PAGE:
Neil Armstrong became the first man to walk on the moon on July 20, 1969, a moment he marked with the iconic phrase, "One small step for man, one giant leap for mankind." But in a new BBC documentary, Armstrong's brother, Dean, contradicts the late astronaut's insistence that he came up with those famous words on the spot.
In "Neil Armstrong: First Man on the Moon," Dean Armstrong says that he saw Neil's speech months before the Apollo launch during a family game of Risk.
"[Neil] says, 'What do you think about that?'" recalled Dean Armstrong in the film, 'Neil Armstrong: First Man on the Moon.'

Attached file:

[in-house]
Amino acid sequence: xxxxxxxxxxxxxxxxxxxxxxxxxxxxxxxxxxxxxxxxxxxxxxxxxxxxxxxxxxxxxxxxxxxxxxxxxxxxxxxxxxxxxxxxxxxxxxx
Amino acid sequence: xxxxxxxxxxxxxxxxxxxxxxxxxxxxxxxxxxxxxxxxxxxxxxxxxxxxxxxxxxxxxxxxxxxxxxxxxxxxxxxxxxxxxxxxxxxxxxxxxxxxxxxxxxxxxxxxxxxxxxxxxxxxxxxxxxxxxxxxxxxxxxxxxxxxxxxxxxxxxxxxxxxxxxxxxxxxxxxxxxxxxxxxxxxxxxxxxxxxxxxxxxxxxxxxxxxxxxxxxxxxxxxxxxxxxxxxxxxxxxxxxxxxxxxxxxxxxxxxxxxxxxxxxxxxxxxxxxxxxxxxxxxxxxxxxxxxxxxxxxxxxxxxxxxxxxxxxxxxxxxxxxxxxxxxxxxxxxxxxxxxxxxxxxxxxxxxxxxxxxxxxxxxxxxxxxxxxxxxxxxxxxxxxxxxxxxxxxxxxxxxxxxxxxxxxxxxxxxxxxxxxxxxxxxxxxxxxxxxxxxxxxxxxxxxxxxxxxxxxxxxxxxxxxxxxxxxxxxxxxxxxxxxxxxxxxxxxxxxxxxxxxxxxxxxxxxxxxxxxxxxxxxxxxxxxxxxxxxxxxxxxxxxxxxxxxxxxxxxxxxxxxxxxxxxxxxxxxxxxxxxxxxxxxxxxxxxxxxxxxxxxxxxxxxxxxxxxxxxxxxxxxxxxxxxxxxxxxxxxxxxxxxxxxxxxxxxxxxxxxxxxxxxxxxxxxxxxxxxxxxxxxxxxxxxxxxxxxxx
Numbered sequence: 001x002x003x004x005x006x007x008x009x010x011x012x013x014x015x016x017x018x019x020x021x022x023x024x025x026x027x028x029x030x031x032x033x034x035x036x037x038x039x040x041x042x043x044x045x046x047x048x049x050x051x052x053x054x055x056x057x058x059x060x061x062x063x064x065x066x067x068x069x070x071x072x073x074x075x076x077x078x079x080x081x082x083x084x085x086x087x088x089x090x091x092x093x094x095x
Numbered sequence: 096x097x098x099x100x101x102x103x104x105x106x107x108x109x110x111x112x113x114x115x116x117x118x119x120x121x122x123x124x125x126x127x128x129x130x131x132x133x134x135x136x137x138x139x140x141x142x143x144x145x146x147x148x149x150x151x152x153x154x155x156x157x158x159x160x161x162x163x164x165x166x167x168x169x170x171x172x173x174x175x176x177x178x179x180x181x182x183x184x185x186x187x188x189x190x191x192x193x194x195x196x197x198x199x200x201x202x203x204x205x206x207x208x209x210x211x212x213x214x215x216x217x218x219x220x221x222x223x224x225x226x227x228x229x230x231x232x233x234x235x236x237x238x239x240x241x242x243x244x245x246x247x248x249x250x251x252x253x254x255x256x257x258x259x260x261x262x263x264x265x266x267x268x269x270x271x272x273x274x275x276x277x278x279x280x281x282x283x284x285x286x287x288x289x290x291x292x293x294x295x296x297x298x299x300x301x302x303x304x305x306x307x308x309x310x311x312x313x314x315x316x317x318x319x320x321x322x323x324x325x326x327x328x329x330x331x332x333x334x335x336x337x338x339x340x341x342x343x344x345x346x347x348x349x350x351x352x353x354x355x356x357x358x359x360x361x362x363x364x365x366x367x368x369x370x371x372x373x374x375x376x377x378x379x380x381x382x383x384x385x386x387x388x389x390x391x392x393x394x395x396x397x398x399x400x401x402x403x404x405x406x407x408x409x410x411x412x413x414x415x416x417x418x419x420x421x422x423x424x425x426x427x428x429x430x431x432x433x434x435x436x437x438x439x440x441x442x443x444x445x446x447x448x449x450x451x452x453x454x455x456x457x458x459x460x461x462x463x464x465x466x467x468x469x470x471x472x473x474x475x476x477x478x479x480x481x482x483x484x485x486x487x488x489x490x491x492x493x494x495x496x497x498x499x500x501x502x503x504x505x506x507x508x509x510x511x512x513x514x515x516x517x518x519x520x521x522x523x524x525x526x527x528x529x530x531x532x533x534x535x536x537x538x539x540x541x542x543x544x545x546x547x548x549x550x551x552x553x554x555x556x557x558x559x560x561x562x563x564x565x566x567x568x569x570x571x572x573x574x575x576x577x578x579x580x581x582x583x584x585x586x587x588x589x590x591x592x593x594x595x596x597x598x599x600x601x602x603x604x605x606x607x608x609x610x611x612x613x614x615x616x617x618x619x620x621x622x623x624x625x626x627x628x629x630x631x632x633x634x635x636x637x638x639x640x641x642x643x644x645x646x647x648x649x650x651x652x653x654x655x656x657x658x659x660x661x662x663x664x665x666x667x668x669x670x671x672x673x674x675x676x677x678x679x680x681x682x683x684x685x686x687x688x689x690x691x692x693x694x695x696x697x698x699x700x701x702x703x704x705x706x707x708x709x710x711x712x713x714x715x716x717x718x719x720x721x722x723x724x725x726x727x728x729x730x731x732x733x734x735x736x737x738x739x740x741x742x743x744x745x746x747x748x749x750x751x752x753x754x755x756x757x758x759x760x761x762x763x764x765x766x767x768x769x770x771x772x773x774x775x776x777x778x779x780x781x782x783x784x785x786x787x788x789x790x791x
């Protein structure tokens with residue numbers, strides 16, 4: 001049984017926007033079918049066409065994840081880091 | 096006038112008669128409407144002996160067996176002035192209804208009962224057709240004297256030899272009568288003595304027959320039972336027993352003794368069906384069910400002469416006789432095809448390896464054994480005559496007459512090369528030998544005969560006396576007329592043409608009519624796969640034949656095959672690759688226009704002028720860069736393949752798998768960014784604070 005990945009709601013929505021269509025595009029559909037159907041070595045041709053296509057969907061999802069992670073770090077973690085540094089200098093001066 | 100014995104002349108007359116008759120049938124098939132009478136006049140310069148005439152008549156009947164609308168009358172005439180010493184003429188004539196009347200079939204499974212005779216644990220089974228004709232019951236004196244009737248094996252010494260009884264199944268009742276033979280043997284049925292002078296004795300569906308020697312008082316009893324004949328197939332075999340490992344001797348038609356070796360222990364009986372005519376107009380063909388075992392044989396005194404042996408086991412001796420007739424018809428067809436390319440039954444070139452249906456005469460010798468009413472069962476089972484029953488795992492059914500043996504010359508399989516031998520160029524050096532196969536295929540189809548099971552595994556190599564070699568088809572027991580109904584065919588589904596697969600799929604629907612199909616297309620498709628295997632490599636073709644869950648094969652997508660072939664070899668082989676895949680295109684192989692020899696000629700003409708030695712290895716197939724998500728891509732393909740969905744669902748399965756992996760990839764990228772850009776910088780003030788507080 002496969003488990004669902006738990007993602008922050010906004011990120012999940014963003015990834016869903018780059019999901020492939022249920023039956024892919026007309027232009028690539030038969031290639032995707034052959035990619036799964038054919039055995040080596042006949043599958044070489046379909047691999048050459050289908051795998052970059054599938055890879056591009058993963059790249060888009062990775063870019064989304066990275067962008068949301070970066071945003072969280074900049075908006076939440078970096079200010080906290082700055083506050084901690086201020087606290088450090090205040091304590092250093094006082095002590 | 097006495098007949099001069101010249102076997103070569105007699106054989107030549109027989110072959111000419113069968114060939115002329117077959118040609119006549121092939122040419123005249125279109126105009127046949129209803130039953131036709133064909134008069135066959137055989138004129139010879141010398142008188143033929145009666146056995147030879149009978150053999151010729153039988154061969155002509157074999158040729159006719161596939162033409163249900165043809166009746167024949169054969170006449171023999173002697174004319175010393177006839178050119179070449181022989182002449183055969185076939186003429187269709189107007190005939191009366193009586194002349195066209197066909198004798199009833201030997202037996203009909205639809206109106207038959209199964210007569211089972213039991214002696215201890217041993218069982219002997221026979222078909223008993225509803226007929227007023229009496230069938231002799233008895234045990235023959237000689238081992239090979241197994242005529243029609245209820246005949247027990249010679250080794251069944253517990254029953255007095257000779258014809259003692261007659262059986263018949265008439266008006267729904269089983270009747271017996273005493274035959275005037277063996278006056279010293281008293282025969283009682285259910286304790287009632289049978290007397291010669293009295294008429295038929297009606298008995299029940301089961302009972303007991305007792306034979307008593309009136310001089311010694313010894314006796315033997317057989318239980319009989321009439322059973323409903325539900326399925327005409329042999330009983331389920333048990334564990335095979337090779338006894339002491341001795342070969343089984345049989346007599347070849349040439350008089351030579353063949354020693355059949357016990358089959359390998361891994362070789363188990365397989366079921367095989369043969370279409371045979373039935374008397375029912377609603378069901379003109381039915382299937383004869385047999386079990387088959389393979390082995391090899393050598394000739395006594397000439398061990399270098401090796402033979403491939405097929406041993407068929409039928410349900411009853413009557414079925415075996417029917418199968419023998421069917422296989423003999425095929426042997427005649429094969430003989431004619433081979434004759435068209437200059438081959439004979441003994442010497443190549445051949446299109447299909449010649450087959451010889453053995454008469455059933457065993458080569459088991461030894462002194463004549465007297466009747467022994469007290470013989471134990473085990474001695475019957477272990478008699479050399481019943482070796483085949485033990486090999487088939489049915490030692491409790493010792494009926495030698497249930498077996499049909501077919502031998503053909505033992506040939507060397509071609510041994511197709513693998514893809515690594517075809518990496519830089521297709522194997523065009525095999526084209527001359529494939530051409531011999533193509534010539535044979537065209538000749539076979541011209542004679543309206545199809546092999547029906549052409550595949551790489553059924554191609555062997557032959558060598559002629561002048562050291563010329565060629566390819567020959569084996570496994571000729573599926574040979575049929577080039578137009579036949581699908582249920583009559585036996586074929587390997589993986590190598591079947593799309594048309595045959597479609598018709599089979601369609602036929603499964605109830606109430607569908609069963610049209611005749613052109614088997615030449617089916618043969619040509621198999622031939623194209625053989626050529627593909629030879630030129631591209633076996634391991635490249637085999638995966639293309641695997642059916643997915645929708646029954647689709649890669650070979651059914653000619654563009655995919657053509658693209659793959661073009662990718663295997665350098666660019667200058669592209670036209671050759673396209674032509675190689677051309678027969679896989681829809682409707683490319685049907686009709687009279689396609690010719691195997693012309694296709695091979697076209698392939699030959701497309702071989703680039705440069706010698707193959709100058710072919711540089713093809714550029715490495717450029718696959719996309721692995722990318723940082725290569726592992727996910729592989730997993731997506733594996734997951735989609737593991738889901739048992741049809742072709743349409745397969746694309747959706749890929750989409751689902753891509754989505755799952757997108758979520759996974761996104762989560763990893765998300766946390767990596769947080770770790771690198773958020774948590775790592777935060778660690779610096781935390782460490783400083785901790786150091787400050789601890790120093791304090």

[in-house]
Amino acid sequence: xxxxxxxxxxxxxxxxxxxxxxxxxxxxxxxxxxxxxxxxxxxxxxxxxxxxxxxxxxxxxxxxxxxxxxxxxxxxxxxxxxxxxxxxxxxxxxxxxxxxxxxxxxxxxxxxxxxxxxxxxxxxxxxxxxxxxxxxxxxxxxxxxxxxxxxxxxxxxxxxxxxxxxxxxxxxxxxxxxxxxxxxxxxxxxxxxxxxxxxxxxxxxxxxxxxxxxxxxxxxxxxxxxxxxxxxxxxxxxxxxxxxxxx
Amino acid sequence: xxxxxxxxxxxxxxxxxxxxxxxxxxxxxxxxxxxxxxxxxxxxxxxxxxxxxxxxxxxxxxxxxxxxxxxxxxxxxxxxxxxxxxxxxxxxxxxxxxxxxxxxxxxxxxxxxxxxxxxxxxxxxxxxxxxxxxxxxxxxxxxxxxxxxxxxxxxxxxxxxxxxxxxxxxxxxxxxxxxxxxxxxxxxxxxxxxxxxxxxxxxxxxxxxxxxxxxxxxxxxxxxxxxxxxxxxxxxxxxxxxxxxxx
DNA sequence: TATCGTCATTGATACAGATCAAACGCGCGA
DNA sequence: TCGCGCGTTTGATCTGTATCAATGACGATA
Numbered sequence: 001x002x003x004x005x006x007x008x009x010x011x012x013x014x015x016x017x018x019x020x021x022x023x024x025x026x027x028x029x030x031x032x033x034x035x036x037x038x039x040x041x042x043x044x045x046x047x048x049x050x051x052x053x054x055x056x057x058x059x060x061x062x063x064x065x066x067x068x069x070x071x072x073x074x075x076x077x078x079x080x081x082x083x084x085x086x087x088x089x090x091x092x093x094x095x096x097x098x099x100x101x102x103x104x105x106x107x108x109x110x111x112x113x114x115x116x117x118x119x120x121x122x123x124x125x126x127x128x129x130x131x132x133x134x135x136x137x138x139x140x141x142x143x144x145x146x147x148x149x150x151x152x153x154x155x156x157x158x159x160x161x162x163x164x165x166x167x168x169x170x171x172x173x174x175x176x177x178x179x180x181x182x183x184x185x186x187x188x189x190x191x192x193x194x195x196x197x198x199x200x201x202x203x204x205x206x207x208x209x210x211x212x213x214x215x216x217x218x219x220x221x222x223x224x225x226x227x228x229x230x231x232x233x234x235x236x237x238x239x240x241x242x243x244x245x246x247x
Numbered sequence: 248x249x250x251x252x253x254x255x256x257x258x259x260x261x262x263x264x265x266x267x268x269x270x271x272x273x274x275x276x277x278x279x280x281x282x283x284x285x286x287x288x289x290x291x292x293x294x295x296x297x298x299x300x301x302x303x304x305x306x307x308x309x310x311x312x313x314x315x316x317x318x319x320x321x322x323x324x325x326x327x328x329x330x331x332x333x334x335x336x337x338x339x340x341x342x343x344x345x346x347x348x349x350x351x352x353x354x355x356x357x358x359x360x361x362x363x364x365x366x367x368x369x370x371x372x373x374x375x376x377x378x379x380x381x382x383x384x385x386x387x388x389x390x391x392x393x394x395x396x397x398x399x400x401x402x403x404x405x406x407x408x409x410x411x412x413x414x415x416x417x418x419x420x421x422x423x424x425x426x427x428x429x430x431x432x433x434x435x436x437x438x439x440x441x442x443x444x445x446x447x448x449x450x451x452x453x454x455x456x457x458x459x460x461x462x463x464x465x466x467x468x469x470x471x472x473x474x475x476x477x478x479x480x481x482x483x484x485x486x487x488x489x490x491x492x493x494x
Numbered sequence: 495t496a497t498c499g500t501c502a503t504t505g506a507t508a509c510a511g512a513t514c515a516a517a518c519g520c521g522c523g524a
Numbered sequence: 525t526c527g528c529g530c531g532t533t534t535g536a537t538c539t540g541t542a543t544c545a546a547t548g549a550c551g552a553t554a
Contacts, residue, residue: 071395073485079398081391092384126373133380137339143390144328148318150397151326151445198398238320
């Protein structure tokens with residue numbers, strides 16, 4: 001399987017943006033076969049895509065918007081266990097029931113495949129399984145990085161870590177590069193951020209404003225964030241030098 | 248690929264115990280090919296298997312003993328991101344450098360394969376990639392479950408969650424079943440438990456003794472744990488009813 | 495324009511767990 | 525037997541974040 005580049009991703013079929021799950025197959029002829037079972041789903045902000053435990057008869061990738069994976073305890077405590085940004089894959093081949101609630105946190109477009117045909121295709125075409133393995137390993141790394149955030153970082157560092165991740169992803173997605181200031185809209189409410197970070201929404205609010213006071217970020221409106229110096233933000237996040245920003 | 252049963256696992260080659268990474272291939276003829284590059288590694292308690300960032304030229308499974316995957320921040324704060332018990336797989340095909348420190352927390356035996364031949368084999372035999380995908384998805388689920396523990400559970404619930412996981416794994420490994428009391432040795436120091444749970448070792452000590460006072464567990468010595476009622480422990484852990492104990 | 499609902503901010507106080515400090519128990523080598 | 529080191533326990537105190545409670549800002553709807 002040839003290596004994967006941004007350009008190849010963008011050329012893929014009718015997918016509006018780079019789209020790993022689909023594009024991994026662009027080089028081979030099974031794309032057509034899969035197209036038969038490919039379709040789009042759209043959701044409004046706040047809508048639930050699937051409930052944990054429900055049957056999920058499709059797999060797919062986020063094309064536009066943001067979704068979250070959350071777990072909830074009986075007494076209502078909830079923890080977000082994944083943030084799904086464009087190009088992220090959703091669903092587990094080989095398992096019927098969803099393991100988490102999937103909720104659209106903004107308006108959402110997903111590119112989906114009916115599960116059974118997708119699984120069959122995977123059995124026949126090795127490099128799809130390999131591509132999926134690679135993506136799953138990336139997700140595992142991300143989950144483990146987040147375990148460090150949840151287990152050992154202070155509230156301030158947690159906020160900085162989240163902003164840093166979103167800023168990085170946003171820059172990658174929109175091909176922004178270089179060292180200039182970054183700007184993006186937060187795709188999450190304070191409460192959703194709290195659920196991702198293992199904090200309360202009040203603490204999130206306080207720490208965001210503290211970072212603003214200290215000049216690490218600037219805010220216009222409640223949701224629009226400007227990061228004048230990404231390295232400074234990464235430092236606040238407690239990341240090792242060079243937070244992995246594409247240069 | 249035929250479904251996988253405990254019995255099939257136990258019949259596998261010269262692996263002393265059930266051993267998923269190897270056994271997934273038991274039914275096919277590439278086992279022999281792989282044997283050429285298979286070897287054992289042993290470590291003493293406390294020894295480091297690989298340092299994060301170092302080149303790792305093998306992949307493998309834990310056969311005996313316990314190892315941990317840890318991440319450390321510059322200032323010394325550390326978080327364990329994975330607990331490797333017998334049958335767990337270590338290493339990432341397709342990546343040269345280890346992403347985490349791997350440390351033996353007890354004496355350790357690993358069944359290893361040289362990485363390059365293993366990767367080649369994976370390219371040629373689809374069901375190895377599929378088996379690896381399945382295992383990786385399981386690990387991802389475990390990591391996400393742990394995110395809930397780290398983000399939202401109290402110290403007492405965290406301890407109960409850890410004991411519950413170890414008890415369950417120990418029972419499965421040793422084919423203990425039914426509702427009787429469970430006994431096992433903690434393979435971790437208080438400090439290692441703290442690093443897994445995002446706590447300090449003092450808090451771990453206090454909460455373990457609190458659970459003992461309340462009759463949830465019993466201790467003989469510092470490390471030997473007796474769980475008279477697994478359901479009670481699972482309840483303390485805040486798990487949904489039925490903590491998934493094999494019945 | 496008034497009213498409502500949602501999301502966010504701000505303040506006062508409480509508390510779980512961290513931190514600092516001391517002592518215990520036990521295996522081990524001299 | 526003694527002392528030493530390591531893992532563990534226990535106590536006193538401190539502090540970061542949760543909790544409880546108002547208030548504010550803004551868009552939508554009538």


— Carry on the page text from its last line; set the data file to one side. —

"I said 'fabulous'. He said 'I thought you might like that, but I wanted you to read it.'"
Dean Armstrong also confirmed that Neil's original remark included the words "a man," though the broadcast's viewers only heard the contradictory statement "one small step for man, one giant leap for mankind." Armstrong later claimed that static overpowered his "a."
But for the 500 million people around the world who watched the moon landing on their television sets, the spontaneity of Armstrong's comments probably won't diminish their experience. Neil Armstrong died last August aged 82.